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The Curve in the Road

Posted on January 23, 2018 by Maple Creek

Madonna Hamel

Standing in front of the old Larson Ranch, waiting for the resident rabbit to show his face again, Page kept his camera trained on the crumbling outhouse. He had lots of deer, bison, hawks, prairie dogs, coyotes in his portfolio, but he was low on bunnies. It was one of those crisp winter days when the only consolation the sun offered was diamonds in the snow. I turned my face toward it, hoping for warmth. Everything glittered, but it was the brown ribbon of a road, making its way in a voluptuous, unobstructed curve toward the Gillespie ranch in the far off hills, that held my gaze. I found its mile-wide berth beautiful, generous, and even reassuring. “I love the curve in this road, why is that, do you think?” I asked Page who was crouched low and peering under the outhouse for signs of the rabbit.

“I’m not exactly sure”, he replied, adjusting his aperture, then rising. “But there is something very pleasing about a bend in the road, especially this one. I’ve taken dozens of photos from this spot.” We stood silently for a bit and then he added. “But I saw an interview with an Indie 500 race car driver once and he talked about how you slow down when you enter a curve but speed up to pull you out, to give you momentum. So maybe we just like sense of momentum it gives us.”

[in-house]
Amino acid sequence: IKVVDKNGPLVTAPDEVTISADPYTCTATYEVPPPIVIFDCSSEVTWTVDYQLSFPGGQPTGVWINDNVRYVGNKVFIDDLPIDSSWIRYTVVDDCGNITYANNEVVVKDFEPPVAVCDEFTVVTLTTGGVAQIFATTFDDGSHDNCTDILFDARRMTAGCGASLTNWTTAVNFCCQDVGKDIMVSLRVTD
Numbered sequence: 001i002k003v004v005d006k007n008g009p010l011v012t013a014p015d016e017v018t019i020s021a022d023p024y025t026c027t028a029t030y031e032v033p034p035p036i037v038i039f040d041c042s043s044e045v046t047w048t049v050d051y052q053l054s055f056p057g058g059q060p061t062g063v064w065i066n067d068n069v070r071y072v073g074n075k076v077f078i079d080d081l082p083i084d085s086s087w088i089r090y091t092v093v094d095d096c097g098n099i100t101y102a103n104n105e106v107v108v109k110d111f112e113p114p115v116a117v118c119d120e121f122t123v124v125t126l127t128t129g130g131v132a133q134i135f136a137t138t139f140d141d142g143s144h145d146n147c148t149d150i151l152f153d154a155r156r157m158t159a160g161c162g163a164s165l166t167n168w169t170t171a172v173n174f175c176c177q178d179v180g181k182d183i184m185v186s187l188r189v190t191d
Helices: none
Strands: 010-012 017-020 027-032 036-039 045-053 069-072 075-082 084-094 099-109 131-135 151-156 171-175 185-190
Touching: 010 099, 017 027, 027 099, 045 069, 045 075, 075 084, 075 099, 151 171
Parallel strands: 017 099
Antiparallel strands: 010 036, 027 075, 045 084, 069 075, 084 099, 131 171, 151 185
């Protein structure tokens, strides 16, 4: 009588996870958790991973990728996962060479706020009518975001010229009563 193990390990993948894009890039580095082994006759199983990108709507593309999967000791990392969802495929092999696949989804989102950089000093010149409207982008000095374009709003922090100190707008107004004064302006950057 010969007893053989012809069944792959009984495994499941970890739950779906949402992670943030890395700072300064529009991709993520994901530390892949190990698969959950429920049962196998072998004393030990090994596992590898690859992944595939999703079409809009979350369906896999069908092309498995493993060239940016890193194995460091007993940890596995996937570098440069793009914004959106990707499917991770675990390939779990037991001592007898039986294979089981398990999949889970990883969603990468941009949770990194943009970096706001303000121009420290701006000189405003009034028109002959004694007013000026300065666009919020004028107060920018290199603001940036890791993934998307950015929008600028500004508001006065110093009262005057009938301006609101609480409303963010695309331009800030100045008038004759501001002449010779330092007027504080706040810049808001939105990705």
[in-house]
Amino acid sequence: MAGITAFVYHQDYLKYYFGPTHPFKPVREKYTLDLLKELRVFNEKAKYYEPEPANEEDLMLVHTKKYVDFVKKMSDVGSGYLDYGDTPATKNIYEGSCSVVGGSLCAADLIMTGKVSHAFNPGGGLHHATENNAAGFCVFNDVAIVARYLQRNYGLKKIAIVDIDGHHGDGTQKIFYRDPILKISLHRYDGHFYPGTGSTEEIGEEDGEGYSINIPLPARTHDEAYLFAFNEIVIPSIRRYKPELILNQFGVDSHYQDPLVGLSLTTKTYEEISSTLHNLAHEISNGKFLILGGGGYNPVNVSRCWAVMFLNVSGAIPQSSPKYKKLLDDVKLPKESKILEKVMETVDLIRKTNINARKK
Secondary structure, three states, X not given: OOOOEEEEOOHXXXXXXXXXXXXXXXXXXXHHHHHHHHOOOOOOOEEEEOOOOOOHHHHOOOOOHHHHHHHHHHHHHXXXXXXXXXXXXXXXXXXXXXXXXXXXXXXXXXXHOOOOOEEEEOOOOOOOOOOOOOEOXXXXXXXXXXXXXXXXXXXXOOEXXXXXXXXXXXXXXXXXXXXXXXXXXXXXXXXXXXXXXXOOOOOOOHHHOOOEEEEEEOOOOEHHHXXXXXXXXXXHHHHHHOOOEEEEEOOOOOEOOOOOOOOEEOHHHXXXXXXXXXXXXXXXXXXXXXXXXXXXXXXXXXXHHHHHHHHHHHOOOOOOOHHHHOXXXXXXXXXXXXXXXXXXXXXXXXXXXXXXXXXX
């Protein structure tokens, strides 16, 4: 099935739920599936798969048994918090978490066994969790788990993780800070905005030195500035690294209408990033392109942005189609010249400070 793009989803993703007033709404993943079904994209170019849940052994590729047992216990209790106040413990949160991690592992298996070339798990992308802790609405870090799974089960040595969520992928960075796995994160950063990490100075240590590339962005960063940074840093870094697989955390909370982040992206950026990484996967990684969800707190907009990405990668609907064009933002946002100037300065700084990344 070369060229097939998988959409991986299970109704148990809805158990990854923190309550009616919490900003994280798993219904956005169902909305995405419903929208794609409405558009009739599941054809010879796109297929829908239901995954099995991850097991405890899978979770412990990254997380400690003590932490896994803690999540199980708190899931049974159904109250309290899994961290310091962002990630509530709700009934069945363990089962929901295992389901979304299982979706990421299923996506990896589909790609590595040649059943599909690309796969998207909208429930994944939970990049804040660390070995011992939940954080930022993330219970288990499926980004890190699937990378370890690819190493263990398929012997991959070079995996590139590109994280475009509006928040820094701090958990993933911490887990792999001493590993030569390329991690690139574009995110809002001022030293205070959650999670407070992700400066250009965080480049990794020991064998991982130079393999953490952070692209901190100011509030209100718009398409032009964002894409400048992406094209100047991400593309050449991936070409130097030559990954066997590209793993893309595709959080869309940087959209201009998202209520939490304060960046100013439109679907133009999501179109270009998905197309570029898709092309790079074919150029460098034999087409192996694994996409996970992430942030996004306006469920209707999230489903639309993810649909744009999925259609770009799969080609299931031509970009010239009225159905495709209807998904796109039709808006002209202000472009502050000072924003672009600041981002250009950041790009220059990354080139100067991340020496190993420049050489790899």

I recalled my own driving lessons with my father. “Take your foot off the gas as you head into the curve and you won’t have to brake”, he instructed. “You’ll feel like you’re losing control at first, but once you reach the middle you hit the gas again. You’ll be back on track.”

Highway 4, linking Val Marie with the rest of the world, has a few choice curves. One of my favourites is on approaching the Hillandale Rd turnoff, on the way out of town. It feels like the last psychic break from the village as the little highway veers northeast; the elevator tops finally disappear from the rear view mirror. Just before the arc a wide and gentle slope appears directly in front of me. On any given day the hill is dotted with cattle or stitched with hay bales. It’s awash in gold or green depending on the season, a throw the kind of sumptuous prairie light that rivals the sky. Driving toward the slope I imagine I am a hawk or an eagle, swooping then swerving and banking at a delicious angle. I laugh out loud at the definite yet unhurried change in direction, how gracefully it turns in this vast and open space.